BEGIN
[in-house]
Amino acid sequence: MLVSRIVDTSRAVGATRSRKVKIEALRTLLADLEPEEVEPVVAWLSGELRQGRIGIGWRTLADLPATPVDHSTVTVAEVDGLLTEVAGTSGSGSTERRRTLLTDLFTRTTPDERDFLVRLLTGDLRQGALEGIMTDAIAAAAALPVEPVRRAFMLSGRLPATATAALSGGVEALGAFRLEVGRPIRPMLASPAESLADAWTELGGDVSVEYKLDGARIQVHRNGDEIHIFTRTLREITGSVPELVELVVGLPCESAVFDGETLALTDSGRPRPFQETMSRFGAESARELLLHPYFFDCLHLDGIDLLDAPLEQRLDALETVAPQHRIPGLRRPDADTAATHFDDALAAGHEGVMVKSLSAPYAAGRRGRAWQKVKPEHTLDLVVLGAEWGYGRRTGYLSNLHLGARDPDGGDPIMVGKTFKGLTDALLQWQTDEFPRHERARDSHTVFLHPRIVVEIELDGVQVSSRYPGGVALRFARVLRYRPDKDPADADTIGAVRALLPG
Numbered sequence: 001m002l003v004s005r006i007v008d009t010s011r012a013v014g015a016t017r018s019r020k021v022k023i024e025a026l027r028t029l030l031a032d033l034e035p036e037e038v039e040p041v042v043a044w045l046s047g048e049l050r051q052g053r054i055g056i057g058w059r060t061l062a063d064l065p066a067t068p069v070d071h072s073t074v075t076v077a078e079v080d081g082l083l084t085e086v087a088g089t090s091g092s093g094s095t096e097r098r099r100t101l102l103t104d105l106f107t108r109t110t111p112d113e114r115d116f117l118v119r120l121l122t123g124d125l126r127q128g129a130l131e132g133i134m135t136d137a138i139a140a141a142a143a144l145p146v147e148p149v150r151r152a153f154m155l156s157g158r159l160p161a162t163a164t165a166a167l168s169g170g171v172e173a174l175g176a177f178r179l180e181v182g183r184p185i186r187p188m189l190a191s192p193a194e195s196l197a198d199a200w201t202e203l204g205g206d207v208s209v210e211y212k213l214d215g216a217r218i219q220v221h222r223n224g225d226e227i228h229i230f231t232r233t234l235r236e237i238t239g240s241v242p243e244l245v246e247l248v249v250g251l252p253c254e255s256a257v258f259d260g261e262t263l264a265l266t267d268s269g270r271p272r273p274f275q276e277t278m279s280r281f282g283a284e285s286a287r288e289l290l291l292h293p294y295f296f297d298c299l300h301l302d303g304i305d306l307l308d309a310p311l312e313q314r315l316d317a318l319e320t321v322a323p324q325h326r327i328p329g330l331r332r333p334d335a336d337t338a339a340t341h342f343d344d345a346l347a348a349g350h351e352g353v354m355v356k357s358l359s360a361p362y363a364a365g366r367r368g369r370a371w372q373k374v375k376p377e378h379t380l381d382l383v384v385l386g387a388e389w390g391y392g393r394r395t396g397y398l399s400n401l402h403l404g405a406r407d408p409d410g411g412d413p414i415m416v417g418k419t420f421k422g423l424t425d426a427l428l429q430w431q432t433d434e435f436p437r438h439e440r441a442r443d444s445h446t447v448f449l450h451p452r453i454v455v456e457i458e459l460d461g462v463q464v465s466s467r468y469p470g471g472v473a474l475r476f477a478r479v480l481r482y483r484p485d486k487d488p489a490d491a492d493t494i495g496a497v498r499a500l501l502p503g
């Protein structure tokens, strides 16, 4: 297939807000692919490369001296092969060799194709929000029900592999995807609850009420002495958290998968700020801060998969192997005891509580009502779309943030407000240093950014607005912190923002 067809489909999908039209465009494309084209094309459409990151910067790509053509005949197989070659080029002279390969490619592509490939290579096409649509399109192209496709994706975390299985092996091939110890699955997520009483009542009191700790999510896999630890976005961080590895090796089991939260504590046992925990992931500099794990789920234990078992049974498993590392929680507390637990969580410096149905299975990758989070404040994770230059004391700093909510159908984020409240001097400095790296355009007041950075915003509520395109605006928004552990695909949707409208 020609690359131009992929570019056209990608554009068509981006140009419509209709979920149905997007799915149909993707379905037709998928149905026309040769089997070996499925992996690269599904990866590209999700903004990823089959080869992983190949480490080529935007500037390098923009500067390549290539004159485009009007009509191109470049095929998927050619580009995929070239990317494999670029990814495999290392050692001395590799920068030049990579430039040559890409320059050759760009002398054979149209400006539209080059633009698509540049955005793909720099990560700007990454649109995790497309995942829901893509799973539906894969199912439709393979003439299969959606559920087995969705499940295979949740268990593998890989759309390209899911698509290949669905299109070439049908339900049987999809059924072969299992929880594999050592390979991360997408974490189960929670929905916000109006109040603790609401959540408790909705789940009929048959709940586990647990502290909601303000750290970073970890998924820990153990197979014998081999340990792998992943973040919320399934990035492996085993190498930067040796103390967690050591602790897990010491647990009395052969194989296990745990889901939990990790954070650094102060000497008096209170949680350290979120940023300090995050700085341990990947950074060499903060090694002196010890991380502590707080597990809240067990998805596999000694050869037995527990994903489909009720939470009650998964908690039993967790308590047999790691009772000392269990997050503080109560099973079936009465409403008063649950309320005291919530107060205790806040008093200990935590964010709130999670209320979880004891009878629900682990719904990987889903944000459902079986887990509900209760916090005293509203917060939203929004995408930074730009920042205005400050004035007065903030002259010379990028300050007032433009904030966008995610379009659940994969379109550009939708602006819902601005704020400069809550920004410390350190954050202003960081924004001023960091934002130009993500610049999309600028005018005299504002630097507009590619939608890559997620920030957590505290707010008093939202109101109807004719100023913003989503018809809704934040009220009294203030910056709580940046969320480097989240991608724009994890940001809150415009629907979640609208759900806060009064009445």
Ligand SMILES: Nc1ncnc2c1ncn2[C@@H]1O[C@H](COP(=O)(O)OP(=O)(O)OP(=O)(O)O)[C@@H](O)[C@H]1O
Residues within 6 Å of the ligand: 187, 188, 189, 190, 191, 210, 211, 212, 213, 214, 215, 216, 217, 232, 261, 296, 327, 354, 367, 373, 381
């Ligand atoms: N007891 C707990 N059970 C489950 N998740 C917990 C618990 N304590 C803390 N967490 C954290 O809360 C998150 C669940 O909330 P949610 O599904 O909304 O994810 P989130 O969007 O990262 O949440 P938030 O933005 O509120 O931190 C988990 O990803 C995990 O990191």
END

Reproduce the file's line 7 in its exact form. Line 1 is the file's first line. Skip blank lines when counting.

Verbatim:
């Ligand atoms: N007891 C707990 N059970 C489950 N998740 C917990 C618990 N304590 C803390 N967490 C954290 O809360 C998150 C669940 O909330 P949610 O599904 O909304 O994810 P989130 O969007 O990262 O949440 P938030 O933005 O509120 O931190 C988990 O990803 C995990 O990191």